- while women in western world watch and consume porn, fact is in most other parts of the world, they would NOT. Internet access is strictly limited to males and in an patriarchal societies, it not only re-enforces the power structure but also makes it harder for the women there to effect change. Lets not forget that over 70% of the women still live outside of environments that espouse equality with little legal, social or policing support.

message 28: by Tim (last edited May 30, 2016 09:25AM) (new)

Tim Laksmi, you make a fair point. Sex work today has lots of issues, particularly pornography. However, I think a lot of mainstream feminists are wrong. Lots of "radfems" would have you believe that sex work cannot exist in a feminist society and so far I haven't come across one of them who actually refered me to a sex worker's opinion about, or about anything really. Clear case of a lack of intersectionality, I call it. Then again, the liberal side of feminism that has come about in recent years (and become the center of lots of attention) with the Clinton campaign, they seem to completely fetishise this idea of choice, without really analysing why said choice is made. One thing I can at least agree upon with "radfems" is when they say many sex workers do the work they do due to financial pressure. Obviously, I think that is horrid and I don't think the "liberal branch" will ever come with a proper solution for it, considering their defense of capitalism (which is ultimately the underlining cause of most if not all cases of poverty).

So, my opinion on the matter is to respect sex workers of all sorts, and to plead for proper empowerment for them, as opposed to making it this "rescue mission" that the "radfems" have made it out to be. What I mean by empowerment is by acknowledging them as workers and by pleading for workers' self-management (not that the order in which you do them matters that much; just do both at the same time) because I think it is the most dignified way for any workplace to be run. Basically: empower them and empower all workers while you're at it (or vice versa; again, just do both).

One important step in the process of empowering them is by not looking down on the work that they do in any way. This is absolutely vital! If you consider them all to be criminals or victims, you'll get nowhere. If you have either of those views, I suggest re-thinking your stances on sex in general.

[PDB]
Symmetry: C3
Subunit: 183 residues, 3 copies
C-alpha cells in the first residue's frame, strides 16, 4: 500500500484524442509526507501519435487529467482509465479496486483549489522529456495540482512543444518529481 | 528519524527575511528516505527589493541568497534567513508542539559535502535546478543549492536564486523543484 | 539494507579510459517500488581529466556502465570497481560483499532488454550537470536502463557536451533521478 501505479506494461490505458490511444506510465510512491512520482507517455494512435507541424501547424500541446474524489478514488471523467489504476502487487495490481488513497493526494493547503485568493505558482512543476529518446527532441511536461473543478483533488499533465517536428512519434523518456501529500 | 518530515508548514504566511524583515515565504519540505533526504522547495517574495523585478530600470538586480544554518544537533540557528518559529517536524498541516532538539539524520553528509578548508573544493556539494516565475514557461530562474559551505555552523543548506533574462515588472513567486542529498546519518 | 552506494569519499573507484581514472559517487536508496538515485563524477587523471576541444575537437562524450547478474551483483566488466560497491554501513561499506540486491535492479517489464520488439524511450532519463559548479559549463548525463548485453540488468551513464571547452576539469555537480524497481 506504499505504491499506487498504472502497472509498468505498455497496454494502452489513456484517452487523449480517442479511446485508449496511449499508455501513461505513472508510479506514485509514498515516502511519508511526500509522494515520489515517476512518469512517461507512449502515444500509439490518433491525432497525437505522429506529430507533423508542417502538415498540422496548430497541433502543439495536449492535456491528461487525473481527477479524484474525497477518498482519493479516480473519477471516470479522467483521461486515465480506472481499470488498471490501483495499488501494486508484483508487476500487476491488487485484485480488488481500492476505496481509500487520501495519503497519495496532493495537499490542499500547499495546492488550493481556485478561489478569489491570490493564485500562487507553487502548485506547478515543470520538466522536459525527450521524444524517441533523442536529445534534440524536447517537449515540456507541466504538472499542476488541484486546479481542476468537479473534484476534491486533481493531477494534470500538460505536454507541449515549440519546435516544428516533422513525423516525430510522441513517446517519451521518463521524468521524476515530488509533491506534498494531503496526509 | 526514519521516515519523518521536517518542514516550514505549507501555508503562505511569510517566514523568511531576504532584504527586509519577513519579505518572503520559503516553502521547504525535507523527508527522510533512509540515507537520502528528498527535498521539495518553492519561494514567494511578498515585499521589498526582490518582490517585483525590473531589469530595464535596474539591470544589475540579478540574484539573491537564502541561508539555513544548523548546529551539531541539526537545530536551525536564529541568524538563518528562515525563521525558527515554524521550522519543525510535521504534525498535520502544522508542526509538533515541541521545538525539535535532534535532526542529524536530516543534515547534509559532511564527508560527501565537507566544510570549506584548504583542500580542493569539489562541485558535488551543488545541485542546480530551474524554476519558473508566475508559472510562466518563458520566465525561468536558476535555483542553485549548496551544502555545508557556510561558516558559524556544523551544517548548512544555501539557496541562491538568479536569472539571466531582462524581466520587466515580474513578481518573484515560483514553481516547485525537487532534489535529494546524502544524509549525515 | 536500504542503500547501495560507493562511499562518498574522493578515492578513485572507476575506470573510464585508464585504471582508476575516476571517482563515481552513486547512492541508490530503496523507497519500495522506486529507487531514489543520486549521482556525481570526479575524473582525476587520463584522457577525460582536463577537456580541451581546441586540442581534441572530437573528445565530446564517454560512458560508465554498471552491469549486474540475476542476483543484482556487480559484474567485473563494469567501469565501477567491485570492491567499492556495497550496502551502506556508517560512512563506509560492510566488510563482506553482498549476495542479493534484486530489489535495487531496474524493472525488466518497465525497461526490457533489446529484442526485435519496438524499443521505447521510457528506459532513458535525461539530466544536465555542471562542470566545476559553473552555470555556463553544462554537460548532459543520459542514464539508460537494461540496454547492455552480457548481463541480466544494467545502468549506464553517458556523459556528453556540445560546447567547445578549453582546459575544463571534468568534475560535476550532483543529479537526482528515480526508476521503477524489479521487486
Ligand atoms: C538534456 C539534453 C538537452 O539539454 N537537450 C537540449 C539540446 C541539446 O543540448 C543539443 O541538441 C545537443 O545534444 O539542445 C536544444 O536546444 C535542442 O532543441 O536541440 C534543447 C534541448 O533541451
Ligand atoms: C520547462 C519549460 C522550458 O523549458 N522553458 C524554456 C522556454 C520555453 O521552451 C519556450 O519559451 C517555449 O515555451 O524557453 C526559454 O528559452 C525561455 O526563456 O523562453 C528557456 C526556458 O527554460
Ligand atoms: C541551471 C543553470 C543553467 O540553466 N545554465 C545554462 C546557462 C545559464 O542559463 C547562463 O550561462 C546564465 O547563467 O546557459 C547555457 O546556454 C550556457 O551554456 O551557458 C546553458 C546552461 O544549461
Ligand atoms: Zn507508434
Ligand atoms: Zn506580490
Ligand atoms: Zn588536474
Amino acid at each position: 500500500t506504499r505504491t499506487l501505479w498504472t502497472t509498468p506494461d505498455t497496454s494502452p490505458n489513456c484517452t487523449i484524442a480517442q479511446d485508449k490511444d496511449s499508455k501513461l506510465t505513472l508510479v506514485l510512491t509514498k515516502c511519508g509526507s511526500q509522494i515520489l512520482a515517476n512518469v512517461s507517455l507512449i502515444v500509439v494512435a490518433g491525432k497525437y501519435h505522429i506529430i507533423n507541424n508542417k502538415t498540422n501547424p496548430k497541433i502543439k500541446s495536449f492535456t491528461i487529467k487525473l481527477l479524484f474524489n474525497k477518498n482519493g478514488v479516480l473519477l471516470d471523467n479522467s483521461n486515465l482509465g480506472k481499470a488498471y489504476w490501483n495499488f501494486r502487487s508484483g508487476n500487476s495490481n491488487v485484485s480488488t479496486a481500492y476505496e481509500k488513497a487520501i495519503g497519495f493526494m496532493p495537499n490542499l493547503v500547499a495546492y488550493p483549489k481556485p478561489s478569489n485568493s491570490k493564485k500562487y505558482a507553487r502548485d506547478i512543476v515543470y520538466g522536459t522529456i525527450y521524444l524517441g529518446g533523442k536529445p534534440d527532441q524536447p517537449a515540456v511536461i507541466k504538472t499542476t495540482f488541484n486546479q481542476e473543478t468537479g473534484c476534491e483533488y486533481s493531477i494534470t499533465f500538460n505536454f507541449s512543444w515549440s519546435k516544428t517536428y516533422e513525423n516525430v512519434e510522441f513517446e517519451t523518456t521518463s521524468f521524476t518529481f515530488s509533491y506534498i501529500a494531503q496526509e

EDIT: *Lakshmi. my bad :d

message 29: by Lakshmi (new)

Lakshmi (bookloner) | 3 comments @Tim. Agreed. That is the first step, the empowerment. The next is actually the education of the general populace that this is a profession as any other and should be treated as such. There are heart breaking statistics in developing countries where prostitution often literally becomes a hereditary profession because the offspring have no shot at normal society. Girls are ostracized for their mother's profession, have to live only in the areas where their mothers work, exposing them to significantly higher levels of sexual violence.

And the education is not only of men. Women have themselves bought into the patriarchal mindset, often being even even more vehemently discriminating of prostitutes (women) than even men are.

Agree that most sex workers are in the profession either voluntarily for financial reasons, involuntarily because of power reasons. That is what describes the majority. Unfortunately, the few that make the choice beyond financial reasons garner a far bigger mindshare than their actual share of the populace warrants.

message 30: by Tim (new)

Tim Lakshmi wrote: "@Tim. Agreed. That is the first step, the empowerment. The next is actually the education of the general populace that this is a profession as any other and should be treated as such. There are hea..."

That is true, particularly the last sentence. Anyway, one thing I always feel like a lot of politicians (and I mean a LOT) need to be told at least once is that, historically, NO attempt at criminalising sex work has ever worked out well in any way, shape, or form, unless having increased prison populations is somehow to be considered a beneficial thing for society.

Tabitha Carver | 3 comments I am just now getting around to reading this book I've had two copies of, and I do love it. However, I completely agree, I honestly had a hard time carrying on with the book after. Reading through that chapter I was like...wait is she serious? She's extremely judgmental and on some aspects I understand where she's coming from. But as you said, feminism stems from women being equal. This includes women doing whatever they want to do, such as stripping. It shouldn't be frowned upon especially by other women. I did however notice she stated how she is okay with it and agrees with it as long as it's what women want to do and feel safe and secure doing it. All in all I totally agree, the chapter made me uneasy and view her slightly differently.